The worst applications on my iPhone are Google applications. GMail is awkward at best, and the Google app (search and voice search) is poorly designed and coded. They simply don't make very good software.



    The real thing that Google had going for it, the real *worth* of Google for many people (myself included), was the culture of the company. The whole "do no evil" thing and providing services to people for free. Now that they've grown up and been shown to be as selfish and corrupt as the rest of the companies out there, it's just not the same. Without that rosy glow of morality and goodness around their product, they are just another MySpace/Yahoo/MSN etc. Worse perhaps, because they don't even have any design chops.



    I hate to even say this out loud, but Microsoft's new UI for Live Hotmail is a thousand times better than GMail ever was, and GMail hasn't changed almost since it's introduction anyway (at least not in any significant way).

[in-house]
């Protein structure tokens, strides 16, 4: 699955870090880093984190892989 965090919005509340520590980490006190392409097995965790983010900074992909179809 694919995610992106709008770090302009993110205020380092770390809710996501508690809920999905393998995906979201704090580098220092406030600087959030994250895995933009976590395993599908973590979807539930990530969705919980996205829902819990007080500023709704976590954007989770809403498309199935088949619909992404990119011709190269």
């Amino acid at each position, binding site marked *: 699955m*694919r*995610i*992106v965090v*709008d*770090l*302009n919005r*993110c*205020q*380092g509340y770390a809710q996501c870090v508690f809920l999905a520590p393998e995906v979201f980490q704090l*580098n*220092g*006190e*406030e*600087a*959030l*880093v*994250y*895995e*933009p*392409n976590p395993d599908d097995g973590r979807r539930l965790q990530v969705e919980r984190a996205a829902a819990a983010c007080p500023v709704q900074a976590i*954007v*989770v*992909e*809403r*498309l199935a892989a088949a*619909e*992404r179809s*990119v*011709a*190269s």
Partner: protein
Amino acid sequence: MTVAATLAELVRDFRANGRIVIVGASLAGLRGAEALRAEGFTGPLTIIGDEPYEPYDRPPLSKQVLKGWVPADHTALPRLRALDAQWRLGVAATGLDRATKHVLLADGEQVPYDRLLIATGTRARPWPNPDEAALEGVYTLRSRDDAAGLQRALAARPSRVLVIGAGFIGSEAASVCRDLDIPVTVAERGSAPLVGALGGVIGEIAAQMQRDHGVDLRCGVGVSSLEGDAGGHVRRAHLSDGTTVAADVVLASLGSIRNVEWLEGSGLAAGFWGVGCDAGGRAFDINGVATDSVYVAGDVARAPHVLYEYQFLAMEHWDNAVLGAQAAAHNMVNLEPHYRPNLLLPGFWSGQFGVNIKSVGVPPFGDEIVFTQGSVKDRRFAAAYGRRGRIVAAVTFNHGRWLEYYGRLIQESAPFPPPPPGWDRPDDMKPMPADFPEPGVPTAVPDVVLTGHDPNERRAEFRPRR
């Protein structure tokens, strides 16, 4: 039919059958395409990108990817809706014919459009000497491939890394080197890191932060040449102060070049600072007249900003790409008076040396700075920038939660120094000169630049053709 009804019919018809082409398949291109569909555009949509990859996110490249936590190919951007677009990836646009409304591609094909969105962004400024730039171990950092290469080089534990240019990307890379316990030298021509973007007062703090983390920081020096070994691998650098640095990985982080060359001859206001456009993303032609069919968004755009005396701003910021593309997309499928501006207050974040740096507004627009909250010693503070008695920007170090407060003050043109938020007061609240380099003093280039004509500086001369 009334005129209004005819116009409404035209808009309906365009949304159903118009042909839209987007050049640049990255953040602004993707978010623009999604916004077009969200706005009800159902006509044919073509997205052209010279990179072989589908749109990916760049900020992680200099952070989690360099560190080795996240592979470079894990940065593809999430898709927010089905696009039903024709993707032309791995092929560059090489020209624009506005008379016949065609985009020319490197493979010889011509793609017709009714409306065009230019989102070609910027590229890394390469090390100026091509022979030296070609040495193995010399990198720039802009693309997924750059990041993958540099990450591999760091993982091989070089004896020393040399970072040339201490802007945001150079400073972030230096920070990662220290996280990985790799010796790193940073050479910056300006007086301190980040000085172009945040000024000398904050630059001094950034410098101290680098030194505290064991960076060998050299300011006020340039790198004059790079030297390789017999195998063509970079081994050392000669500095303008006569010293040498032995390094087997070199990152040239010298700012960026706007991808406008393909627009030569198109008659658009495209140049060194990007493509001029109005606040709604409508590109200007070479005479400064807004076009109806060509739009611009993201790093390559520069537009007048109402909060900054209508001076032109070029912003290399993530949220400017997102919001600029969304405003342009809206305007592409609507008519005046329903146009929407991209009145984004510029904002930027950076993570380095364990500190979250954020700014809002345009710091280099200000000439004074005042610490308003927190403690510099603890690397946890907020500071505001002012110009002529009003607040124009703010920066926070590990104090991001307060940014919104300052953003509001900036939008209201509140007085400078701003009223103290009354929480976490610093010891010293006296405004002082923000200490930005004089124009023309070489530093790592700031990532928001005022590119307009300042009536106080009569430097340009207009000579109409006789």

• Reply 31 of 89
    javacowboyjavacowboy Posts: 864member
    This is another example why the U.S. and a handful of other countries have totally insane "intellectual property" laws.



    Software patents don't make sense. There are millions of different ways to implement a video codec, such as Ogg Theora, but some company fall just short of filing a patent for "displaying video over the web" and then use that patent as a weapon against anybody else who would implement such a player (I'm exaggerating, of course).



    I'm not saying Ogg Theora is a better codec than H.264, but it seems rather insane to me that as a separate clean-room implementation that it should ever be subject to any patent violation.